The word Asante literally means “because of war” (asa means “war” and nti means “because of”) and is claimed to have been adopted when several Akan clans in the tropical forest region of Ghana led by the Oyoko clan united with the shared mission of conquering the Denkyira kingdom to the south. The variant name “Ashanti” is used interchangeably with Asante and came about as a result of the word “Asante” being poorly transcribed by British colonists. The historical Asante Empire (1670-1957) thus originated in the tropical forest–dominated Asante/Ashanti Region and expanded to include the Brong-Ahafo, Central, Eastern, Greater Accra, and Western Regions of Ghana. The empire possessed great military prowess and wealth and is renowned for its culture, architecture, and sophisticated hierarchy.
The late Asante king, Osei Tutu (1670-1717), together with his royal advisor Okomfo Anokye, famously established the Asante Kingdom, using the Golden Stool as a unifying symbol of the kingdom and growing the king’s rule all the way south to the Gulf of Guinea and Atlantic Ocean via the notable conquest of the town of Denkyira. Later, in 1868, Denkyira joined the Fante Confederacy and the alliance of Great Britain against the Ashanti and Dutch peoples, finally becoming a part of the Gold Coast region and then part of the Central Region in the present-day Republic of Ghana. Meanwhile, today, the Ashanti Kingdom lives on as a constitutionally protected, sub-national proto-state and traditional state within with the Republic of Ghana. Its current monarch is Asantehene (literally “Asante king”) Otumfuo Osei Tutu II, its economy still relies on the trade of gold, among others commodities, and its Golden Stool—locally known as Sika Dwa Kofi (literally “the Golden Stool born on a Friday”)—remains a sacred symbol of the monarchy believed to embody the spirit of the Asante nation, living, dead, and yet to come.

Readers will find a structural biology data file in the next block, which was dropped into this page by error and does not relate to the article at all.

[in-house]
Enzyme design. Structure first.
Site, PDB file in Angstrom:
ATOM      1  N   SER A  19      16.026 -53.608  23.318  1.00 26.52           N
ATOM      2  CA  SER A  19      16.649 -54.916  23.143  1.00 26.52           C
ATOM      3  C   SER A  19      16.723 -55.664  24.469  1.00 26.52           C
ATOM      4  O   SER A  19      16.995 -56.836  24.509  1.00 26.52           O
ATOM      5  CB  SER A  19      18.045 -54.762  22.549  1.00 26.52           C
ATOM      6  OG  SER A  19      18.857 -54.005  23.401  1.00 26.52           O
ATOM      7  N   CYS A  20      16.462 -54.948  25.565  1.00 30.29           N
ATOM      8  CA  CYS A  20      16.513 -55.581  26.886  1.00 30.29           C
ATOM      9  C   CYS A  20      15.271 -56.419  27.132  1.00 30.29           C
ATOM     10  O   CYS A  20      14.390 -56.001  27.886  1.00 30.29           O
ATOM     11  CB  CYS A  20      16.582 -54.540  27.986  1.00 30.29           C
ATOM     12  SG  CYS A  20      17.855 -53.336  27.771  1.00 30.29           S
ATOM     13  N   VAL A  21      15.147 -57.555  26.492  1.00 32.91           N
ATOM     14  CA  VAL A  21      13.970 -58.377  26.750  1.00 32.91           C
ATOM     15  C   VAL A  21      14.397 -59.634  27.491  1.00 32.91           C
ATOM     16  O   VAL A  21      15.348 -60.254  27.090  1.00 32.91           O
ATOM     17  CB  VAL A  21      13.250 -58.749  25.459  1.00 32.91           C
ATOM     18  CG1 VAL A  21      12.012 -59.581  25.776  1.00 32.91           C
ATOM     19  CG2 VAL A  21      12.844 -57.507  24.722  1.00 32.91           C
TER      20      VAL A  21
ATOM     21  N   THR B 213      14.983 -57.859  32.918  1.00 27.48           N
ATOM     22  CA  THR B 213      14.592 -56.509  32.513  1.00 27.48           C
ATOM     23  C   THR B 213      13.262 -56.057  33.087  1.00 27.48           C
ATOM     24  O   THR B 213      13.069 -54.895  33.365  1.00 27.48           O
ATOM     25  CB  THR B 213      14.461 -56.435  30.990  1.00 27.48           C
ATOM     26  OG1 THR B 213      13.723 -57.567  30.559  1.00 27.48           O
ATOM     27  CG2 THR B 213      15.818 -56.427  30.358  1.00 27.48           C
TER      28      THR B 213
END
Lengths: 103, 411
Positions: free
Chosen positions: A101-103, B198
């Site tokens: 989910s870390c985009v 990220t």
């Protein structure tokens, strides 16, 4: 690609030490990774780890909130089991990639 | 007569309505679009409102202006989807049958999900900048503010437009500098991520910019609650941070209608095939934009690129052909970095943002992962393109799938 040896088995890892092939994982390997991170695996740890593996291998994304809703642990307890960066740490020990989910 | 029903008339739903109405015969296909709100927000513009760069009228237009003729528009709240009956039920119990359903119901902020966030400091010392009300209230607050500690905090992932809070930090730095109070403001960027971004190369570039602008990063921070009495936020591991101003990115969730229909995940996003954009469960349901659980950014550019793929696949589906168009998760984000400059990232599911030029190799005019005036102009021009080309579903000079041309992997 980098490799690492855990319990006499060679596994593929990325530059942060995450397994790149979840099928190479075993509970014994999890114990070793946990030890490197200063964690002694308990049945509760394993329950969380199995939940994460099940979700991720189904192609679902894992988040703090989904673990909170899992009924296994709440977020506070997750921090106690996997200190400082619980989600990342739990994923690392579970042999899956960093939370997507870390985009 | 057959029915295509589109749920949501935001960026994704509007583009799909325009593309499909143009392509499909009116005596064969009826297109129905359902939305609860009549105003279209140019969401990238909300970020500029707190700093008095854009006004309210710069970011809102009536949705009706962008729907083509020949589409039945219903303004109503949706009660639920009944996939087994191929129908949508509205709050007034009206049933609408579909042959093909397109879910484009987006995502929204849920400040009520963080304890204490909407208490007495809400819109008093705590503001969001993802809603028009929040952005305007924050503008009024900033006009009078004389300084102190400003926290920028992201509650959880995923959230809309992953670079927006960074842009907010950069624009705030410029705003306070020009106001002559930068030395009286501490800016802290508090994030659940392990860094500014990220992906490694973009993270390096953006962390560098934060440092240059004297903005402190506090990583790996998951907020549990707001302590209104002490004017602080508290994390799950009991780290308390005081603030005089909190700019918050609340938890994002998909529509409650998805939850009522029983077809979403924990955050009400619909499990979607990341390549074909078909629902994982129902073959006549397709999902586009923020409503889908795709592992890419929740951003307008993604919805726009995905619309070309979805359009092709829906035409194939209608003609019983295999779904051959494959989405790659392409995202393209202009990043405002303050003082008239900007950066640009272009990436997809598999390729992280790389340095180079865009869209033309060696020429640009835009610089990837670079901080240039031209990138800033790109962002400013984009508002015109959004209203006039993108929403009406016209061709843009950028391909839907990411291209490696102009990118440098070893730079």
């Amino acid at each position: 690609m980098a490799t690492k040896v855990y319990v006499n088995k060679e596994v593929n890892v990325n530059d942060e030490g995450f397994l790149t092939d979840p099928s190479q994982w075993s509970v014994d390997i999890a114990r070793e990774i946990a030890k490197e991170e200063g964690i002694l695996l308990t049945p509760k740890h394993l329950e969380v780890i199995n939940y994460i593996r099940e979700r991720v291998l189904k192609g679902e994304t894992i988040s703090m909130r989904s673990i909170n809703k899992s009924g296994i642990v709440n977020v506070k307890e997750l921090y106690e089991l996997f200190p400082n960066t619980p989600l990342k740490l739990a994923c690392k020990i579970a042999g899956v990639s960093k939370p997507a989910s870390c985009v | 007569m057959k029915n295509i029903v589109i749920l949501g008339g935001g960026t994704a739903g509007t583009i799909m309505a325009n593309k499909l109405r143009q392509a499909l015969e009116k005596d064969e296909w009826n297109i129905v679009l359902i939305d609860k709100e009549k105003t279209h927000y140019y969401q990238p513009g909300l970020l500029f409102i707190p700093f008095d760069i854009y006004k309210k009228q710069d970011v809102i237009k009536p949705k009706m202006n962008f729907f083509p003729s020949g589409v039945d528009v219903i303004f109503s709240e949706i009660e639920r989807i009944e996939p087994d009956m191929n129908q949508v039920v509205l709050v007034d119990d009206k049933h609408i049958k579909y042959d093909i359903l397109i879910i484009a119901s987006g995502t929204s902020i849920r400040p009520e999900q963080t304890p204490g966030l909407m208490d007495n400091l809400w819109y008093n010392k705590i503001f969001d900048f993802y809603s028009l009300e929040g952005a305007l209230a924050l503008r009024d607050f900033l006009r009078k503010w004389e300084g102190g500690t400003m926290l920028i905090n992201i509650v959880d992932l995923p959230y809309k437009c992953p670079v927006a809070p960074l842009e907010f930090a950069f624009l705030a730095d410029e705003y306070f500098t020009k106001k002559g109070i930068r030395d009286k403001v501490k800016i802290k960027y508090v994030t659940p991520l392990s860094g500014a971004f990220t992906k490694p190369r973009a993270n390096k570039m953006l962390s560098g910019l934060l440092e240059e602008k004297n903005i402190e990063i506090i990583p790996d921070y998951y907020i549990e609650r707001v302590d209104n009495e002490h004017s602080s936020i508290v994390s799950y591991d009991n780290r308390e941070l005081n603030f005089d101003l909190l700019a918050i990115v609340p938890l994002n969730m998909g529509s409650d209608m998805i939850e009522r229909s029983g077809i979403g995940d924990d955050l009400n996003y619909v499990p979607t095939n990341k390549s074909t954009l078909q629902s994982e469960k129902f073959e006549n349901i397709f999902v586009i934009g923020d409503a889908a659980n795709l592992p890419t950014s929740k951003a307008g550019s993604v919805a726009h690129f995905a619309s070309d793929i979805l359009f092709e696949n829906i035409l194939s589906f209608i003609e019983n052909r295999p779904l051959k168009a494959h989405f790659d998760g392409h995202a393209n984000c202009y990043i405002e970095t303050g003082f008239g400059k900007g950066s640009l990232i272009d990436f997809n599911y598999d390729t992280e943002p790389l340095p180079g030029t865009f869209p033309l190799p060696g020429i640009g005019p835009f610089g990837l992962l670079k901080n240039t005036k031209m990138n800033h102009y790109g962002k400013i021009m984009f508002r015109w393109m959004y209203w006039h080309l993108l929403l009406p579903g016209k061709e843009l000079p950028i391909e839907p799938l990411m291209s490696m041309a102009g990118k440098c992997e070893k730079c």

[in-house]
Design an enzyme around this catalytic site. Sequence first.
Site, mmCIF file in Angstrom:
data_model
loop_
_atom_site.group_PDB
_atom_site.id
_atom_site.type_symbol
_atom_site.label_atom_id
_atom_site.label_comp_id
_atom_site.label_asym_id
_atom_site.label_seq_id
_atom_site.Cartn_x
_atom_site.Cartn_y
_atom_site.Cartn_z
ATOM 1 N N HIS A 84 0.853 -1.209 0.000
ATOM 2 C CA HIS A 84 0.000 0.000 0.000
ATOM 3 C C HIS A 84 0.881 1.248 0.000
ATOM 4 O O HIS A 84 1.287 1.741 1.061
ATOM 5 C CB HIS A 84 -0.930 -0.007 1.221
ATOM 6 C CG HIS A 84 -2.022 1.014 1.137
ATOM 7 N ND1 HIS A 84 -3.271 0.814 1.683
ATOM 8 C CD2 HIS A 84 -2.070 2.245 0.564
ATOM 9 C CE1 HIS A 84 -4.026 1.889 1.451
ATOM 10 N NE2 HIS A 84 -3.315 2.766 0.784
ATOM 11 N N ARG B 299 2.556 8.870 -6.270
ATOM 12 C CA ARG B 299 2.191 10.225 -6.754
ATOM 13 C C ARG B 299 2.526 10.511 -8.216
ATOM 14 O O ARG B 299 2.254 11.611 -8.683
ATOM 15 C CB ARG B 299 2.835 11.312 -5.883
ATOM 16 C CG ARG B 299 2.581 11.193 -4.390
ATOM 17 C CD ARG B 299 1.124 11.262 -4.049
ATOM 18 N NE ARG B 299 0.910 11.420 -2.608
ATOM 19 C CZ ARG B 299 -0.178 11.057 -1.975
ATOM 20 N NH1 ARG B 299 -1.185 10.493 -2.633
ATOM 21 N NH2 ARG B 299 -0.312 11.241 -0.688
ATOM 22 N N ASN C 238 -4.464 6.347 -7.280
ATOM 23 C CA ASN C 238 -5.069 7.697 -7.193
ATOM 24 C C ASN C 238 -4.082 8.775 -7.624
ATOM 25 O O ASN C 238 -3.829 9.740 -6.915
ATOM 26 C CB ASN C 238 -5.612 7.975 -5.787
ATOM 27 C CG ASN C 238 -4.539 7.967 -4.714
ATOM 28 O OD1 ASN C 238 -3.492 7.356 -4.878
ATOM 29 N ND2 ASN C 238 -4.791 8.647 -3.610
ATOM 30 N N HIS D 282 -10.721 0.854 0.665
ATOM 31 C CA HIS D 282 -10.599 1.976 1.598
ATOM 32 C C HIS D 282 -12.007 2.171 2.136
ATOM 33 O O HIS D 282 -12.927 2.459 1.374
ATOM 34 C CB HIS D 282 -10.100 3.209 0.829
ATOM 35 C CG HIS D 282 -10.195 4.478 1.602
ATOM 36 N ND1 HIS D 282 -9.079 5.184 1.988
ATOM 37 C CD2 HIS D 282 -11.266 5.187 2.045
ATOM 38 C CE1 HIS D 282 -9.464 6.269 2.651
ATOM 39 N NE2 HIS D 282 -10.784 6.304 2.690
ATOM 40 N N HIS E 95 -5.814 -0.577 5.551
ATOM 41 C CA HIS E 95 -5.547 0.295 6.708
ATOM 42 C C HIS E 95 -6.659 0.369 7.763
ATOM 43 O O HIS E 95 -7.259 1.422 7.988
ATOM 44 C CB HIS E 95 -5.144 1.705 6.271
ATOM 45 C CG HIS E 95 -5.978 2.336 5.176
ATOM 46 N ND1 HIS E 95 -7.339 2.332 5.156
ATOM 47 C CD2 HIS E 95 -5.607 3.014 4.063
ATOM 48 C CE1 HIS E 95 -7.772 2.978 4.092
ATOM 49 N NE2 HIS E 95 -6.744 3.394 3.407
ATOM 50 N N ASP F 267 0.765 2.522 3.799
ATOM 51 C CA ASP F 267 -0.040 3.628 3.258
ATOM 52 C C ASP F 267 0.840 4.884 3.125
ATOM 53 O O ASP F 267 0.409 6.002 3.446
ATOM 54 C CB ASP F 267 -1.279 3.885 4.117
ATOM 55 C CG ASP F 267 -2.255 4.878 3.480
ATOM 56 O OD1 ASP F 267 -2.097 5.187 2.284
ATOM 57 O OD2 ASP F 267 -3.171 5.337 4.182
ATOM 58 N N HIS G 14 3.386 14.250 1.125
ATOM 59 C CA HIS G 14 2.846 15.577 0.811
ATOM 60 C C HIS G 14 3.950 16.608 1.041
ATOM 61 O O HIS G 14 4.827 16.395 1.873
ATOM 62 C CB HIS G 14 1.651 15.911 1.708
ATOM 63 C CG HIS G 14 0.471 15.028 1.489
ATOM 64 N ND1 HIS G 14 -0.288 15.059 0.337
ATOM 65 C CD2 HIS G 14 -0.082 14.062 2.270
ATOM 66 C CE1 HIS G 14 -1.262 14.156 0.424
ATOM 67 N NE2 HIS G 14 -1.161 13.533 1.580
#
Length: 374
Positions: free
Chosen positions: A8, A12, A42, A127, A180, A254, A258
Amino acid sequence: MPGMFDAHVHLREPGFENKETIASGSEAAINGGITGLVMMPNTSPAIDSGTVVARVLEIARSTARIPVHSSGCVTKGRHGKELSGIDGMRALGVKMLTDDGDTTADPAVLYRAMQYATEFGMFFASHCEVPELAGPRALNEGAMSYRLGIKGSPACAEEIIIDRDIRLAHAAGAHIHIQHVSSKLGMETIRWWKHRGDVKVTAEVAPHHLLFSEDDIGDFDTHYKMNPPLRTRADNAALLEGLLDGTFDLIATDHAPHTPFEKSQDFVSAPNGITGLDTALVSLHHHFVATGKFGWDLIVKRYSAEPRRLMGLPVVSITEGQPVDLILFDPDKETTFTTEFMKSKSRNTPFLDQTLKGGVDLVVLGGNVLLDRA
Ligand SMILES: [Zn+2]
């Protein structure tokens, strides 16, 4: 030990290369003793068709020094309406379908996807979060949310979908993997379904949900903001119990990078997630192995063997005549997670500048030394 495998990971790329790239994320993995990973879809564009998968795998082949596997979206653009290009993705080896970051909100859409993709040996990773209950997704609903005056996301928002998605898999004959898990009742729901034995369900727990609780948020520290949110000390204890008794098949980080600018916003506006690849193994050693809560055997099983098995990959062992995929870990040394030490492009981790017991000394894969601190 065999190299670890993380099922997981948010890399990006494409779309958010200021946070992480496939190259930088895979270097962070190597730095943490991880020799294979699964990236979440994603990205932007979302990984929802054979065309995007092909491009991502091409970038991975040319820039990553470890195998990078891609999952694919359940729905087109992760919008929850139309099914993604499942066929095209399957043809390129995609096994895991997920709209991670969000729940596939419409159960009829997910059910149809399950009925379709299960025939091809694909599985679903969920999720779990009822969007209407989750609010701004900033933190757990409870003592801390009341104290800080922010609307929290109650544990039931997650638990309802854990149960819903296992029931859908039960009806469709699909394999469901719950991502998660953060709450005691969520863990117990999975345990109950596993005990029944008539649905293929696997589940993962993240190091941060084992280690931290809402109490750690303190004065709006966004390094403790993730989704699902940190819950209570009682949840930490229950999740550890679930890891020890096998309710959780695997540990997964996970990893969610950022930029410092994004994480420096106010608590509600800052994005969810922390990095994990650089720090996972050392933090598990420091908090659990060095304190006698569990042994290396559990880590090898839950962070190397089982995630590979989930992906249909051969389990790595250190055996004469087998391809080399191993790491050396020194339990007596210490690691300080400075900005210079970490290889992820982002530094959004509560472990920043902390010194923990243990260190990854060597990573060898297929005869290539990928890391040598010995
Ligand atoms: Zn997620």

The Asante traditional buildings are part of the very important history of the Asante Kingdom of Ghana, which is why you should visit them. They are located north-east of Kumasi, the capital of the Ashanti Region, and are made of earth, wood, and straw. As a result of their construction materials, they are particularly vulnerable to the ravages of time and weather and therefore meritorious of UNESCO World Heritage Site protection.
Forts and Castles That Are UNESCO World Heritage Sites in Ghana